There is no discernible difference in the standards applied to these different officials. Frequently, courts intermingle citations to cases involving judges, prosecutors, and other officials in the case law. See, e.g., Heller, 830 F.2d at 152; United States v. Risken, 788 F.2d 1361, 1370-71 (8th Cir.), cert. denied, 479 U.S. 923, 107 S.Ct. 329, 93 L.Ed.2d 302 (1986); Blackwell, 694 F.2d at 1333-34; Hammond, 598 F.2d at 1012. Thus, in determining whether the present record shows a Webb violation, I look beyond cases of judicial intimidation to precedent involving prosecutors and other government officials.


Defendant's counsel did not object to the court's colloquy with Ms. Scott at the time it occurred, other than to point out the mistaken quotation of the perjury statute. Ordinarily this would require me to review only for plain error. The Supreme Court, however, has ruled that there is no need for a contemporaneous objection. "The suggestion that the petitioner or his counsel should have interrupted the judge in the middle of his remarks to object is, on this record, not a basis to ground a waiver of the petitioner's rights." Webb, 409 U.S. at 97, 93 S.Ct. at 353. The similarity of the facts of this case to those in Webb constrain me to reach the same conclusion here. Contra Blackwell, 694 F.2d at 1340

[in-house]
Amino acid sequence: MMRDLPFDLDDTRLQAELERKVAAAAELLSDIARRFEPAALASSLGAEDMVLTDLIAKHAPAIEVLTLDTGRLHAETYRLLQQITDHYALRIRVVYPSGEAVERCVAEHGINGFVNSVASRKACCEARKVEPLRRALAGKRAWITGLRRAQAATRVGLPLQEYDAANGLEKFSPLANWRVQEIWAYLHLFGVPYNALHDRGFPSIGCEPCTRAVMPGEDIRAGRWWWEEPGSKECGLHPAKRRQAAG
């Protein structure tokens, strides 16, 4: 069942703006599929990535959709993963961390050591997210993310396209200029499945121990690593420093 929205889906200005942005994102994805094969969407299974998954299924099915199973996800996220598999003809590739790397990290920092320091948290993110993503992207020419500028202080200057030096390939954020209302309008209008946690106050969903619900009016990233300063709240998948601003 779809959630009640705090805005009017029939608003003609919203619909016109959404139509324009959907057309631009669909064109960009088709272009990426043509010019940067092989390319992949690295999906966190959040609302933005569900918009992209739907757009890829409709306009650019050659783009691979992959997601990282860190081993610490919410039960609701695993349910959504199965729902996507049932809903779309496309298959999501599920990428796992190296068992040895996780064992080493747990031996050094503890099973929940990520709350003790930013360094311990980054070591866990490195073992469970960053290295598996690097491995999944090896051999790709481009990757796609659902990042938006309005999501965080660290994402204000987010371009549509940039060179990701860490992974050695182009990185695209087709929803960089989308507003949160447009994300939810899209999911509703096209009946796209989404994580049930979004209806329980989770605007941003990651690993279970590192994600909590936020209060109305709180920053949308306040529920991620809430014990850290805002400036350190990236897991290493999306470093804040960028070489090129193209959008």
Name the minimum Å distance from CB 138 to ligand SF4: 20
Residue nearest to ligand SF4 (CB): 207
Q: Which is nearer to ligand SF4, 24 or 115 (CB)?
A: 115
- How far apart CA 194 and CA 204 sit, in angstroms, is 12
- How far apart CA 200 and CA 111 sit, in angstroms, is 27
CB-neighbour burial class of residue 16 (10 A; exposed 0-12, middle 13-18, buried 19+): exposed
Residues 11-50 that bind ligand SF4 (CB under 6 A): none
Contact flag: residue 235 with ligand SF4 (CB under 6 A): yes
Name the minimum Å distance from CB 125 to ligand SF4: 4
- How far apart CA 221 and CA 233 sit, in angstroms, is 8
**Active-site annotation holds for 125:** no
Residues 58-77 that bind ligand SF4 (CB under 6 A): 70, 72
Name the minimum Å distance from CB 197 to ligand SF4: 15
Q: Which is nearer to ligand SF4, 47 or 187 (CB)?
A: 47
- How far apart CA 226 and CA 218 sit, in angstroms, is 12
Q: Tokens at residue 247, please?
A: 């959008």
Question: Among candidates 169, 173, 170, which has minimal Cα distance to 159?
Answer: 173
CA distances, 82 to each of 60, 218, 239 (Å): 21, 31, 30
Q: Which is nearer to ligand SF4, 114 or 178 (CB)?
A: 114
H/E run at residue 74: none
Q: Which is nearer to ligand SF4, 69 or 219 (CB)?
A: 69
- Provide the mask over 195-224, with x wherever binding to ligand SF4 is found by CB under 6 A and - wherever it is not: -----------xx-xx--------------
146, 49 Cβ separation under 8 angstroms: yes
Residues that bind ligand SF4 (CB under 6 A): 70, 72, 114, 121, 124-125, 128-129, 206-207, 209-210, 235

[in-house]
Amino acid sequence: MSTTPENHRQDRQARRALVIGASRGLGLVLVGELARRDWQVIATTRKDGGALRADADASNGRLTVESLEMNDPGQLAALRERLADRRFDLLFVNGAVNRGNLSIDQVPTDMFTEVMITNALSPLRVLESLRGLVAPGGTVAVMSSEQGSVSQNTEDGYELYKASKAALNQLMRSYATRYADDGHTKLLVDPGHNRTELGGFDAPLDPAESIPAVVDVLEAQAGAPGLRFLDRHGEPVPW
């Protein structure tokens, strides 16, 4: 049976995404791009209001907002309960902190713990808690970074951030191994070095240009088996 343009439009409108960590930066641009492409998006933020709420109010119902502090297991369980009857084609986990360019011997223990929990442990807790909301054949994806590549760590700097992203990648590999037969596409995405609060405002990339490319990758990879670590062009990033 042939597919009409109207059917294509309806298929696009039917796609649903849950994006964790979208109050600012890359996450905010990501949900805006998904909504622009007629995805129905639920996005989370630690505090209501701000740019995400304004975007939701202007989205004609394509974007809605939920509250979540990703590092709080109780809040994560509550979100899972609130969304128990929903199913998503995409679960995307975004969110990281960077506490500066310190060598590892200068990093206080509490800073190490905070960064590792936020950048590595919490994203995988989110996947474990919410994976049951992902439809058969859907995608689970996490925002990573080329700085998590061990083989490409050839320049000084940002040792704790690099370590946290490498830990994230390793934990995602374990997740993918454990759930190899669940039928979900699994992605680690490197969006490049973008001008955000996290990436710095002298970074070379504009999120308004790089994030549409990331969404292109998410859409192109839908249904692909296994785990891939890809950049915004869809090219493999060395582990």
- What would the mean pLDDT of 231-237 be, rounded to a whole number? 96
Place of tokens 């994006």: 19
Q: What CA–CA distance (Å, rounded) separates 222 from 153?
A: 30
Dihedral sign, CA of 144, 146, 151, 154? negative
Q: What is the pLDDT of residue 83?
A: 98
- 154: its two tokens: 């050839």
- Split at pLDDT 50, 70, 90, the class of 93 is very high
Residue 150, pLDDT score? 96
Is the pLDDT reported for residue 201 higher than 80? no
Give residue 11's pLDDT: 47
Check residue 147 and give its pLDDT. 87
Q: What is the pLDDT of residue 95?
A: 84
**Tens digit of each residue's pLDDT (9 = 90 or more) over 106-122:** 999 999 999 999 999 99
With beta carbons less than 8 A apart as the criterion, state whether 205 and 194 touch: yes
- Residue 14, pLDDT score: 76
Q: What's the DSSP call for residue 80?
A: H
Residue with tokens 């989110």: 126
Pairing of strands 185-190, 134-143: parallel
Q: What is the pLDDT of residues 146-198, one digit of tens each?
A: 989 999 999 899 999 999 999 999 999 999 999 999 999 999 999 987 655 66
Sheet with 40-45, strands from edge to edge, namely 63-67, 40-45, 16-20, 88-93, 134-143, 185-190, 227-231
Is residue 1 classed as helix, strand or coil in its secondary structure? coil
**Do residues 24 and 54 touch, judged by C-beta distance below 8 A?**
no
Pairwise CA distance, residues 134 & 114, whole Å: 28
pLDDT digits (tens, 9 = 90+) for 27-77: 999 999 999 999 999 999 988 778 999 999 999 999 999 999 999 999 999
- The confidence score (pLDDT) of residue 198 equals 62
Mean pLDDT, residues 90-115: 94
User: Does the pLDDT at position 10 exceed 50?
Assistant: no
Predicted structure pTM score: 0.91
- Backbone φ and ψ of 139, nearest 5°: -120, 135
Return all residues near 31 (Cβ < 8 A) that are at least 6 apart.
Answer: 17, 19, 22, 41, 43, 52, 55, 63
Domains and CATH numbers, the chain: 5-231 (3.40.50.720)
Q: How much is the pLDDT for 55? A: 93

This case is slightly more complex given the overlapping of the trial court's decision to recuse itself and its admonitions to Ms. Scott. However, I am satisfied that the recusal did not actually take effect until the adjournment of the hearing, so the admonitions were delivered by the court in its official capacity.